Private Company

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DEFINITION of 'Private Company'

A company whose ownership is private. As a result, it does not need to meet the strict Securities and Exchange Commission filing requirements of public companies.

INVESTOPEDIA EXPLAINS 'Private Company'

Private companies may issue stock and have shareholders. However, their shares do not trade on public exchanges and are not issued through an initial public offering. In general, the shares of these businesses are less liquid and the values are difficult to determine.

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  3. Going Private

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  4. Public

    A reference to anything that can be possessed or freely researched ...
  5. Public Company

    A company that has issued securities through an initial public ...
  6. Initial Public Offering - IPO

    The first sale of stock by a private company to the public. IPOs ...
RELATED FAQS
  1. Why would a company do a reverse merger instead of an IPO?

    Reverse mergers are often the most expedient and cost-efficient way for private companies that hold shares that are not available ... Read Full Answer >>
  2. What are the three phases of a completed initial public offering (IPO) transformation ...

    While some large and successful companies are still privately-owned, many companies aspire toward becoming a publicly-owned ... Read Full Answer >>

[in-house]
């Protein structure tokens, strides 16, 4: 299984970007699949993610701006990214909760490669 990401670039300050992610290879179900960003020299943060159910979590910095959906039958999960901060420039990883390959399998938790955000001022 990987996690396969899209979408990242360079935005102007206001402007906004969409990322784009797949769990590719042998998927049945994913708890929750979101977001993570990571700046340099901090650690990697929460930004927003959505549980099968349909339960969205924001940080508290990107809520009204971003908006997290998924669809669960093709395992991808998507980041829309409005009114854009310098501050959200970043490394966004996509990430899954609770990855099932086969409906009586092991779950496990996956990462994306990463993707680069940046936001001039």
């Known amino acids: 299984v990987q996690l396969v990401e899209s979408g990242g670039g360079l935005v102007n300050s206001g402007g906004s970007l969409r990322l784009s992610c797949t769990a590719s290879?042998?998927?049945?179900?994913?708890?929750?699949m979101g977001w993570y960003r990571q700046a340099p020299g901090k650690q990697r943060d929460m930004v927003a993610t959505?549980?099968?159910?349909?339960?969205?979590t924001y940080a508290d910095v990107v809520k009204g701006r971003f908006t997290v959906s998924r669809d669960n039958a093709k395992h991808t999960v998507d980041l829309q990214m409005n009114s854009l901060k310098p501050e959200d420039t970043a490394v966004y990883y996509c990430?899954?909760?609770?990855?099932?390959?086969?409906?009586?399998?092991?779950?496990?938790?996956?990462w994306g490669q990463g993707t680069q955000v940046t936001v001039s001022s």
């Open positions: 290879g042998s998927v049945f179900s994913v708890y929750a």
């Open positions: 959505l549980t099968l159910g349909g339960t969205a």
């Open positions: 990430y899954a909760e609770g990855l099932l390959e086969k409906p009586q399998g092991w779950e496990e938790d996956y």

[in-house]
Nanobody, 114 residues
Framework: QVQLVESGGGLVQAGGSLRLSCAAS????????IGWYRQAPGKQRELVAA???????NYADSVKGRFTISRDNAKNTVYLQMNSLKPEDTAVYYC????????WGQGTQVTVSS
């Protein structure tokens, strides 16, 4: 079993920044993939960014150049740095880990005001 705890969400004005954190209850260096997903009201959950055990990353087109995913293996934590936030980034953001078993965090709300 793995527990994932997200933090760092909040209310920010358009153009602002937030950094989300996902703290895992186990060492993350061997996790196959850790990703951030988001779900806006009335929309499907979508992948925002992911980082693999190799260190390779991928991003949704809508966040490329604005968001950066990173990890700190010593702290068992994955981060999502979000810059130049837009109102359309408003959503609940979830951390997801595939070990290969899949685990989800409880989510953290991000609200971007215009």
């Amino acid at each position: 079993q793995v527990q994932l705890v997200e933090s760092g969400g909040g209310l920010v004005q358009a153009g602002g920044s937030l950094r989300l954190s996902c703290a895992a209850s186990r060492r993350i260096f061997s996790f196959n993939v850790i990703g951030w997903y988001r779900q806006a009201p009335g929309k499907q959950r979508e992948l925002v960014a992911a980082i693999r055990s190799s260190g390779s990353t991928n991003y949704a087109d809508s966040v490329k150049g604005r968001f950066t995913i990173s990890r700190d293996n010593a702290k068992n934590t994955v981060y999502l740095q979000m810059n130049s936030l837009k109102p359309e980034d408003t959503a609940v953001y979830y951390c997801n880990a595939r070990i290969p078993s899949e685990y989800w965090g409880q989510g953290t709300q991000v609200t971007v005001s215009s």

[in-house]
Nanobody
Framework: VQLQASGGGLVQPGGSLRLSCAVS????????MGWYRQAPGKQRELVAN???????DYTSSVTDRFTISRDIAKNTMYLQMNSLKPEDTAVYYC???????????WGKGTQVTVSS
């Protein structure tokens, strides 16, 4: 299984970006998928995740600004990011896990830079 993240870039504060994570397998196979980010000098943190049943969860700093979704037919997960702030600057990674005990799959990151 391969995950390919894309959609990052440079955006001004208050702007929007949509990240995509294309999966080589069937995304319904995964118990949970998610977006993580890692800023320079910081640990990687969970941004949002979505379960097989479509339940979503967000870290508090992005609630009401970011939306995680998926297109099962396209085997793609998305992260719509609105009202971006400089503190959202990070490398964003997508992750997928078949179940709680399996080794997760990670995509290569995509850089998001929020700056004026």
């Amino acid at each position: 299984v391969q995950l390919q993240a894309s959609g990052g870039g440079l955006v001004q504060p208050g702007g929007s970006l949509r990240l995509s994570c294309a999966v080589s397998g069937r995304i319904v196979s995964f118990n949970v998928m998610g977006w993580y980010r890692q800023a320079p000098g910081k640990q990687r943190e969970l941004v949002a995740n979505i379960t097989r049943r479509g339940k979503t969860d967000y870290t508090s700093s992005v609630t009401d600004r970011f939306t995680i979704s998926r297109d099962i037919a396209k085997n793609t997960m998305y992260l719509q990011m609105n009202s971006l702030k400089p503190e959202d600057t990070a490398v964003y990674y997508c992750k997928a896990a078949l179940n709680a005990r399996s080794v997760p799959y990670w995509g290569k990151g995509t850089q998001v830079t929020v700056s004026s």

3. How does privatization affect a company's shareholders?

    The most recognized transition between the private and public markets is an initial public offering (IPO). Through an IPO, ... Read Full Answer >>
  4. What's the difference between publicly- and privately-held companies?

    Privately-held companies are - no surprise here - privately held. This means that, in most cases, the company is owned by ... Read Full Answer >>
  5. How can I sell private company stock?

    In some instances, both private and public companies may issue shares to their own employees as part of a compensation program. ... Read Full Answer >>
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    Value added is used to describe instances where a firm takes a product and adds a feature that gives customers a greater sense of value.
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    What is a Wholly Owned Subsidiary?

    A company whose common stock is 100% owned by another company, called the parent company.
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    What is the Breakeven Point?

    In general, when gains or revenue earned equals the money spent to earn the gains or revenue, you’ve hit the breakeven point.
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    In microeconomics, marginal revenue is the additional revenue generated by increasing sales revenue by one unit. Another way of saying this is that the marginal revenue is the revenue generated ...
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    What is the Debt-To-Capital Ratio?

    The debt-to-capital ratio is used to measure a company’s use of financial leverage. The ratio is the company’s total debt, divided by the sum of the company’s equity plus total debt.
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